Wednesday, December 26, 2012

Baby Girl of Poland 1942

An interesting cousin surfaced in my mother's DNA matches at 23andMe.  A woman who was given away as a baby in Poland in 1942 during World War II has submitted her DNA in hopes of locating family.  Identifinders International features two people who were separated from their biological families at young ages because of the Holocaust who are now seeking their families of origin through DNA testing.  Because they were separated so young, they have little or no recollection of their origins.

Here is what the match looks like between Baby Girl from Poland and my mother:
23andMe
They share two small segments, which could indicate that they are distantly related from at least two ancestral lines.  As Baby Girl has no documented lines and I have no documented lines in Poland, figuring this one out is going to depend on other people with documented lines coming forward with their DNA and their family trees.

A geographical map of the locations of Baby Girl's genetic matches and the locations of their ancestors was created at Google Maps.  This is a great strategy for seeing where genetic relations live and forming possible branches of the tree based on concentrations.  Drawbacks include recent migrations, lack of knowledge of one's roots, under-representation of certain groups and areas in the database, and confused names as geographic names were altered to reflect the language of the contemporary rulers of the area.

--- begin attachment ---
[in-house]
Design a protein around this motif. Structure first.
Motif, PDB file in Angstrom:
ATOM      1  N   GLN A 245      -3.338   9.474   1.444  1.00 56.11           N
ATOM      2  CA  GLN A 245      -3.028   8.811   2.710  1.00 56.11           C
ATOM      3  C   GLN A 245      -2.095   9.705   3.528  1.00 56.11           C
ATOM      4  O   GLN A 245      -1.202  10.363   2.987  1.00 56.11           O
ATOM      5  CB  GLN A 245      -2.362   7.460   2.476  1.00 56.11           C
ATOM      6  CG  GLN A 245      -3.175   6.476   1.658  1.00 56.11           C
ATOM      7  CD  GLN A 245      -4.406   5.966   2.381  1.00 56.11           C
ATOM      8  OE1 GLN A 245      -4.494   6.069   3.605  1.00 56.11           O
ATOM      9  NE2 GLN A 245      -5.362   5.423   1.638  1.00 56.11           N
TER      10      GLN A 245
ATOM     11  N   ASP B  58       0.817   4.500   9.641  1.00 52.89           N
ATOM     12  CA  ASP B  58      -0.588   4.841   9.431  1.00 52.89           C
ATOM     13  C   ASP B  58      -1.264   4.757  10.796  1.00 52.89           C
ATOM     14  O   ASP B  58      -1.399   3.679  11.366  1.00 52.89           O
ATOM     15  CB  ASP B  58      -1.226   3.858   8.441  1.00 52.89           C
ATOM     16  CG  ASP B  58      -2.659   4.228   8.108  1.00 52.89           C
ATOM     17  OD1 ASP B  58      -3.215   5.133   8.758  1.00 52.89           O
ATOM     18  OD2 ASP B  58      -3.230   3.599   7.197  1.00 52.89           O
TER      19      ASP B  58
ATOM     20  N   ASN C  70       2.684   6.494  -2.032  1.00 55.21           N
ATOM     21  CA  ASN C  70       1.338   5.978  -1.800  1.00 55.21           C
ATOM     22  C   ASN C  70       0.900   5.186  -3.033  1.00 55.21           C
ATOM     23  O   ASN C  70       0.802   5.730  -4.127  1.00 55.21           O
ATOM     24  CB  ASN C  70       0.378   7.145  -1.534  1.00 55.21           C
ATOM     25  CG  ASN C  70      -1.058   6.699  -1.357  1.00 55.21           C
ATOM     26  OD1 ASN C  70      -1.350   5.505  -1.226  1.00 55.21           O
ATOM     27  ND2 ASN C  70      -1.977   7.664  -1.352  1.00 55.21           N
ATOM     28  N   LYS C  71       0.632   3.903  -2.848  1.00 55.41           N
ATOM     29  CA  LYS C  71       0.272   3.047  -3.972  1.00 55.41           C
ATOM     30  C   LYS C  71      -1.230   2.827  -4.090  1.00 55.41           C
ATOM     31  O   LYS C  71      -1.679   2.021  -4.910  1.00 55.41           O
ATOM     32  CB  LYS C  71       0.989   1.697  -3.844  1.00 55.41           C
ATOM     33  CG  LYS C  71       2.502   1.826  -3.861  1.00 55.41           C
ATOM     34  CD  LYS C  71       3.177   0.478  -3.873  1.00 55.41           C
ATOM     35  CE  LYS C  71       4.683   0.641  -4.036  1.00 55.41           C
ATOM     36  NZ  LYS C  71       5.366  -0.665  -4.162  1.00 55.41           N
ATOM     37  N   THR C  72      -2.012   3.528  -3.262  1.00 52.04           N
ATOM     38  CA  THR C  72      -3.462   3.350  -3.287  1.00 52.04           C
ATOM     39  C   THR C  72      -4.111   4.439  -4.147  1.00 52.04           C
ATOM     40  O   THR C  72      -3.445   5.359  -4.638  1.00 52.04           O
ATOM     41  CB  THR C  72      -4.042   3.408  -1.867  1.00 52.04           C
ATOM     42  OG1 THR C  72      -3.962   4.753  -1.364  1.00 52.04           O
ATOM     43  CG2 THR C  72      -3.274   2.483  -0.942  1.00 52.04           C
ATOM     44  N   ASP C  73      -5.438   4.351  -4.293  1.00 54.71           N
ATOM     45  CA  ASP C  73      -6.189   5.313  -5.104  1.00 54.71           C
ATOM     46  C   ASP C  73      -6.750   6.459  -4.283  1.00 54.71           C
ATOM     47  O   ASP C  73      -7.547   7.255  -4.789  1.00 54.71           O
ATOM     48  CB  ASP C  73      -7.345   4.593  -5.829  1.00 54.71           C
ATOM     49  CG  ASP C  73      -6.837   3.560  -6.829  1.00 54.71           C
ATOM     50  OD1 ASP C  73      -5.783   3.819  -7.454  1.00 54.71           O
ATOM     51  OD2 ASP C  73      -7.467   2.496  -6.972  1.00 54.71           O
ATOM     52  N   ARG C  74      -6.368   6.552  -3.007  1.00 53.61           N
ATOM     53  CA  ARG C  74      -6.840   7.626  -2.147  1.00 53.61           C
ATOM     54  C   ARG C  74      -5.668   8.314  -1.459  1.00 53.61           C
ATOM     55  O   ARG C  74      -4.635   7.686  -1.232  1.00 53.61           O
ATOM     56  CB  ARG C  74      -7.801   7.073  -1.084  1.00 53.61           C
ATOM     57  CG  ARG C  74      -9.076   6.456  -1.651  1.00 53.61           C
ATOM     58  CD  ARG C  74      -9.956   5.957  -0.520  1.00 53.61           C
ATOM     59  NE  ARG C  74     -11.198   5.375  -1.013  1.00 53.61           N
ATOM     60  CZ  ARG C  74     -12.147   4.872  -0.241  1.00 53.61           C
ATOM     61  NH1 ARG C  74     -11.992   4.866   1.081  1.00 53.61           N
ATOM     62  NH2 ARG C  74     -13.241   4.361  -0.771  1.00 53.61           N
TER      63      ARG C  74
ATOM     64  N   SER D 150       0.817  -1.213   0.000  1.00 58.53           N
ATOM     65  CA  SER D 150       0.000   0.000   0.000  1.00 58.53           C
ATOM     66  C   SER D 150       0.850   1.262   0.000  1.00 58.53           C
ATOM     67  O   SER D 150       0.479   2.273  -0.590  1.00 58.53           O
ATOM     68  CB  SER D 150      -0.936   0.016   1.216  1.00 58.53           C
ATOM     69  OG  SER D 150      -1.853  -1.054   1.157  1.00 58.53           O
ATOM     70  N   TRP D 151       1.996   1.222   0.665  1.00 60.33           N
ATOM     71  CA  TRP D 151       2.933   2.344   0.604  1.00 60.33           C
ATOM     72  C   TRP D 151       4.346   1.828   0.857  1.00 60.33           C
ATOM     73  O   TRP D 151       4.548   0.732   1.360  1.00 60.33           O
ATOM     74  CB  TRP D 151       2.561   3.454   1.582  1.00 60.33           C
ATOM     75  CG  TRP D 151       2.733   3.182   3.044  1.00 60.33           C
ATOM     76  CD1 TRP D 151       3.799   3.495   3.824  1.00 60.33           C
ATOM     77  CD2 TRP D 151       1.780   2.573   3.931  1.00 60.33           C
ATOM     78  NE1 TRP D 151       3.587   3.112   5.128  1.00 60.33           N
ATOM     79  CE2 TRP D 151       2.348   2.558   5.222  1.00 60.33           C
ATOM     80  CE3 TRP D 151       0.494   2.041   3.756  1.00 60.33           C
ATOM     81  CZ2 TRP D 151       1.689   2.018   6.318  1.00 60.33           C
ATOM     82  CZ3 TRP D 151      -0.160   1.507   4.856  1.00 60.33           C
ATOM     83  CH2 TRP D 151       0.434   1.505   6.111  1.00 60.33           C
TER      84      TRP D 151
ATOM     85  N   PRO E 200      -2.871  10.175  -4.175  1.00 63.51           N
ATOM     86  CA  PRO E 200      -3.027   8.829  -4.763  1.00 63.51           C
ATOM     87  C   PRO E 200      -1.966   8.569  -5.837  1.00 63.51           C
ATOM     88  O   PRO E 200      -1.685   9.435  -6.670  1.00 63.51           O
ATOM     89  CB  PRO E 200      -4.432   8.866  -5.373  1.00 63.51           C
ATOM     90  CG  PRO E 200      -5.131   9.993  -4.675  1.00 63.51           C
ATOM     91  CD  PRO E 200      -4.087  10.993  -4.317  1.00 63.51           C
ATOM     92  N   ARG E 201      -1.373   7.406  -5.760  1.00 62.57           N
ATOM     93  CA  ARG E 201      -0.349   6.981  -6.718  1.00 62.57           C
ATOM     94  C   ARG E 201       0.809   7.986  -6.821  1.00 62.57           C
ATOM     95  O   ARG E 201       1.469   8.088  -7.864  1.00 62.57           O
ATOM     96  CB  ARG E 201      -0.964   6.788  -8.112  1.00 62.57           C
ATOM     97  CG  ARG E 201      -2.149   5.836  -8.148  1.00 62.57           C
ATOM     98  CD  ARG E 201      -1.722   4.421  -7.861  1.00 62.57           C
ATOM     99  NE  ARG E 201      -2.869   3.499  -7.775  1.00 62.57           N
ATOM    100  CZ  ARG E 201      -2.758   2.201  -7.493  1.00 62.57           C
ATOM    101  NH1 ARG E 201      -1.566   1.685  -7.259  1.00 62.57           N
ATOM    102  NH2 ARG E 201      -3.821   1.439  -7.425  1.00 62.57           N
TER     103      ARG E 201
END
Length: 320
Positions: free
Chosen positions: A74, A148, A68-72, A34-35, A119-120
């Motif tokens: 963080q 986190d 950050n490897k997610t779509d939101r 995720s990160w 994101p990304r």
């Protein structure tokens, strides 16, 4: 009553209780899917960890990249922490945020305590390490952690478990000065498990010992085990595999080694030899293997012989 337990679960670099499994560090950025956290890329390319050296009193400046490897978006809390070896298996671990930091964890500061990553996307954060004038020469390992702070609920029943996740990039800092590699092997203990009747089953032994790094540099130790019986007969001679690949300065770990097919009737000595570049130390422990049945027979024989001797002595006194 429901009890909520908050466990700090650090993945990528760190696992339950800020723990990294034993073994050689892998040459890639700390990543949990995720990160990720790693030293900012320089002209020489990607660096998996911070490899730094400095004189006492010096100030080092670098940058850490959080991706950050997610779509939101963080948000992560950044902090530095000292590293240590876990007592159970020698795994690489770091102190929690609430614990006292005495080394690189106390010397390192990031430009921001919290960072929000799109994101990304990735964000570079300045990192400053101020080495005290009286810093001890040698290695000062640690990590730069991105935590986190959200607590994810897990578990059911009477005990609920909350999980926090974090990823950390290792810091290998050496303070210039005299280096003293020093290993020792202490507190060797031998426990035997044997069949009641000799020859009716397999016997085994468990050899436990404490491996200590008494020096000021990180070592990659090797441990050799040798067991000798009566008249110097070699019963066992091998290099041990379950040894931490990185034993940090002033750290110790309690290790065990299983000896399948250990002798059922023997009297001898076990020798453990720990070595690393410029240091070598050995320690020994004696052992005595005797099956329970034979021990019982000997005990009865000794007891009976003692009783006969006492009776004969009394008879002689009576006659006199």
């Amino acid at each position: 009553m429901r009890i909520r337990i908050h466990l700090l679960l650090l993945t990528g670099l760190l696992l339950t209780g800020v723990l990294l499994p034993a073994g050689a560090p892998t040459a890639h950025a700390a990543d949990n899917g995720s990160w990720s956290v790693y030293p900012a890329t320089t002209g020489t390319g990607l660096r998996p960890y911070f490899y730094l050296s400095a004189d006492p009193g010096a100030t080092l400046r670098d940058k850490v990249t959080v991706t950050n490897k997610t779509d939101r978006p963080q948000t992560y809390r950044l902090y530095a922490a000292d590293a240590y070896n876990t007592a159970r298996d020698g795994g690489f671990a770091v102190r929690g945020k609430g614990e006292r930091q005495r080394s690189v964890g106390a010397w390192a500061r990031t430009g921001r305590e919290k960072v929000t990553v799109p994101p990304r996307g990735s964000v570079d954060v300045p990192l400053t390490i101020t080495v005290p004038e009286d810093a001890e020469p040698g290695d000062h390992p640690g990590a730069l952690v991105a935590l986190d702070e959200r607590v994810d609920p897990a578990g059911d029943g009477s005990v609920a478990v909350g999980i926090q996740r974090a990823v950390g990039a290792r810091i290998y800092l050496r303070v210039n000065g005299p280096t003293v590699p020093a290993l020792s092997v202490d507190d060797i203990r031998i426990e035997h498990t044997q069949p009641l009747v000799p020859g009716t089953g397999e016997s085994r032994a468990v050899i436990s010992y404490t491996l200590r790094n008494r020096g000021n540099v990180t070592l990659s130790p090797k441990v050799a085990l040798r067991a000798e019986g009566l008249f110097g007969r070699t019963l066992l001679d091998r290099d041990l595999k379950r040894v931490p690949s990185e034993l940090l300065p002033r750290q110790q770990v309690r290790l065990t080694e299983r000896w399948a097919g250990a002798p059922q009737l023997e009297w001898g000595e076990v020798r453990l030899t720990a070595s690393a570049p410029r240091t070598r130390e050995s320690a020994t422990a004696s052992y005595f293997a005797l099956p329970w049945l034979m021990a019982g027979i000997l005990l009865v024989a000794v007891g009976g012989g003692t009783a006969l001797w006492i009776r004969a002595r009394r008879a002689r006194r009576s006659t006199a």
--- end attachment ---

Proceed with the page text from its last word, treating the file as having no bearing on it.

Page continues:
Google.com/maps
Locations of genetic relatives and their ancestral lines of Baby Girl
The map definitely shows a concentration of relatives in the area where Baby Girl was given to her new parents.  A very close relation is still needed to possibly identify her birth parents.